I’m not “mom” between 9 am and 5 pm: Living in the same place where you work can confuse your family. Making sure you aren’t rushing to your children or pets every 5 minutes and training them not to bother you in your “office” time will be needed for this to work.

Cabin Fever: Employees need to be able to choose different work arrangements to ensure they don’t get cabin fever. Employers can offer budget for shared work spaces like WeWork or provide incentives like a fitness reimbursement to ensure employees are staying active.

What is life?: Working remotely from home can blur the boundary between work and life. Each individual can come up with ways to create an invisible boundary, like a home office, a particular computer, or, as an example from the book, a different set of slippers for work time.

Writing Really Matters: As a remote employee, most of your communication will be written either for person-to-person communication or through documentation. Really work on those writing skills and try to showcase them in writing samples such as cover letters or statements of interest.

Remote The Right Way

There are a few things you and your team will need to learn to ensure remote work goes smoothly. Some of these things are the responsibility of the employee, others require a cultural change from management.

No ASAP: People will no longer be easily available at all times. Change the team culture to avoid needed answers ASAP and prioritize when they ask for in person responses. This can also be read as “learn to unblock yourself”. Ways of achieving this are having excellent documentation and FAQs for your team or ensuring there is some wiggle room in deadlines so people don’t feel pressured to be unblocked ASAP.

Partial Overlap: A lot of people will have different schedules. Target a 4 hour overlap between collaborating teams. This might mean some time zones are out of reach for candidates.

(Screen) Sharing is Caring: Always share your screens in meetings or record screen casts to communicate visual ideas. Do not allow in-person meetings to fail to share screens.

More Sharing is Caring: Ensure common instructions and all decisions are recorded in an easily accessible location so no one is blocked on waiting for information.

Virtual Water Cooler: Employees need a way to interact with each other outside of work topics and a way to “productively waste time”. This means setting up slack channels, for example, for off-topic conversations.

Intentional Face Time: Plan to create an opportunity for all employees to meet up with each other in person once or twice a year. This can be a conference or an all-hands with extended time for planning or team-building. The cost of this event will be covered by what you save not maintaining offices.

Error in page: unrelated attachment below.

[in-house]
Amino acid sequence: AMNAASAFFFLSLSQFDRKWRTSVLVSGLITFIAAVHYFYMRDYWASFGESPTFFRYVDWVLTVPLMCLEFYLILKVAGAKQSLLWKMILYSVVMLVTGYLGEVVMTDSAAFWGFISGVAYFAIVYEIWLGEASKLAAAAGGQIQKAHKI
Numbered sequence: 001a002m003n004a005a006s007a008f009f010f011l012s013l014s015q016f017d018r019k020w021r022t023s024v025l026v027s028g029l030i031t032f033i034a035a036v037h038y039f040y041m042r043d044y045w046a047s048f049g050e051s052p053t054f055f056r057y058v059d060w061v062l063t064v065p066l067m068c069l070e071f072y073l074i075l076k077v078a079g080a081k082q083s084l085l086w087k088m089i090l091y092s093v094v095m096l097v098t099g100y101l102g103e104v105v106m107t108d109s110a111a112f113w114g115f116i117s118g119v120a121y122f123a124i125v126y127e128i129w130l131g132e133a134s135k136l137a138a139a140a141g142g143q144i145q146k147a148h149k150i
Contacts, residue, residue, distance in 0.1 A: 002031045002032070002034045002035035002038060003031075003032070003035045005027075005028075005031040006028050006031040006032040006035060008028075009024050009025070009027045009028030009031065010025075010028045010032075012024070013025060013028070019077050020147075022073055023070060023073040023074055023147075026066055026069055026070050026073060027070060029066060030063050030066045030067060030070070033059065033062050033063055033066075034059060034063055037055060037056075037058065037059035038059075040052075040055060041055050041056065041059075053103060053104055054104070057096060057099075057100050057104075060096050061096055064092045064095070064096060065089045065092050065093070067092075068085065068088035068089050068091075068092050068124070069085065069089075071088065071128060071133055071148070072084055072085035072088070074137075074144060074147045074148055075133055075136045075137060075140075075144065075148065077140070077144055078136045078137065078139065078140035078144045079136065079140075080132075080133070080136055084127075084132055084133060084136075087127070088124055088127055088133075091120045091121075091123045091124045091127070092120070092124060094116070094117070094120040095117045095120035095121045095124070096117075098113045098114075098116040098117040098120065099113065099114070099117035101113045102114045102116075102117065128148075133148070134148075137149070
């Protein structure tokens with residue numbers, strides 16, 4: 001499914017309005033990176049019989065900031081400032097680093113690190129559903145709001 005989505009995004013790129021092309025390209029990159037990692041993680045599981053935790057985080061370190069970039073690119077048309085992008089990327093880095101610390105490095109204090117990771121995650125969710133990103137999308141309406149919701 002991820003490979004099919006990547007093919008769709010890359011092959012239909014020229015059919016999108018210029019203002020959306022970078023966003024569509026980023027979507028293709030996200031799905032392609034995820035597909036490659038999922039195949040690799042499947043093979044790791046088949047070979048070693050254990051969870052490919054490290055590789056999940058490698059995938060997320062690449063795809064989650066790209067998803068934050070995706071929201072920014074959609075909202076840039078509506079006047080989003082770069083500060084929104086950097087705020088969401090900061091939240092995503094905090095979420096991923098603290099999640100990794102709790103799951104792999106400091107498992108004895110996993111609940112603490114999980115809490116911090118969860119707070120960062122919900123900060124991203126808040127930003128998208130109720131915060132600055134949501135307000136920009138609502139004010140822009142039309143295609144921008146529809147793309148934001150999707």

Measure Done, Not Time: Measure worker productivity by work accomplished and not time in the office. Performance reviews should value skills that are remote friendly such as written communication and independent decision making.

Be A Good Manager: Managers are no longer managing butts in seats. They have to take more time to get to know their employees, get a sense of how they are doing, monitor work being done, and minimize interference unless actually needed. In short, managers need to be good managers.

Reimbursement and Relaxation: Make sure there are clear reimbursement policies for home office setup with guidelines on good ergonomics for a home office. Encourage employees to pursue interests outside of work by reimbursing gym memberships or travel.

Not A One Man Show: Do not try remote with just one person. Make sure there is an entire team trying remote work to see whether it is effective. Additionally, have the manager of the team work remotely to understand the challenges his or her employees may be facing. Using contract positions to see how remote work might look like before supporting remote with full-time employees is an option as well.

Explicit Content: Be explicit and clear with expectations to everyone on the team and everyone the company works with. Tell clients what to expect for regular work times and out of hours response times.

Remote Interviewing: You will need to have an in person interview at some point but, up until that point, you can use remote friendly screening techniques. Using small remote tests such as writing samples or Hackerrank coding tests will show some of the basic skills an employee will need.

Motivation: Encourage engagement by allowing employees to pursue their work interests. Managers should watch out for procrastination or low quality in a former high performer as this will indicate lack of engagement in work, not a decline in worker quality.

Bad Juju: It is harder to sense bad juju building up on teams that are remote. Managers will need to keep a close eye out for potential misunderstandings and frequently check in with employees to see how they feel about their team dynamic.

Level The Playing Field: Ensure remote workers are given the same opportunities as onsite workers for collaboration. Keep track of all decisions and notes, even if they were hallway conversations. Prioritize a working A/V system over a quick sync up without the remote workers included.

End Road-Blocks: Seek out and remove incidents where employees are blocked on another person on system. Don’t require permission for vacation. Have an automatic reimbursement process. Define clear procedures for handling critical events.

Recommended Reading From This Book

Summary of Working Outside The Box: A Study of Growing Momentum in Telework

Article date: January 21, 2009

Remote working is a way to save costs across all industries, specifically on real estate costs. To successfully work remotely, a significant portion of employees must be able to do their job fully remotely for extended periods of time.  There is a misconception that remote workers will get distracted but teleworking can actually improve engagement, allow employees to control distractions in their environment.

Today there are a few crises that companies face that will push them towards embracing remote work. As companies are growing more quickly than the job market can provide skilled workers, they need to look elsewhere. Relocation is expensive so remote work provides access to a wider candidate base. Another problem is supporting an increasing cost of living in metropolitan areas. More people coming into an area increases housing costs and commute times. Supporting remote work will keep real estate costs low and prevent growth in the cost of living, and by extension salaries. The last problem is disasters. With different locations, if one location experiences a disaster, the others will still be able to keep your business going.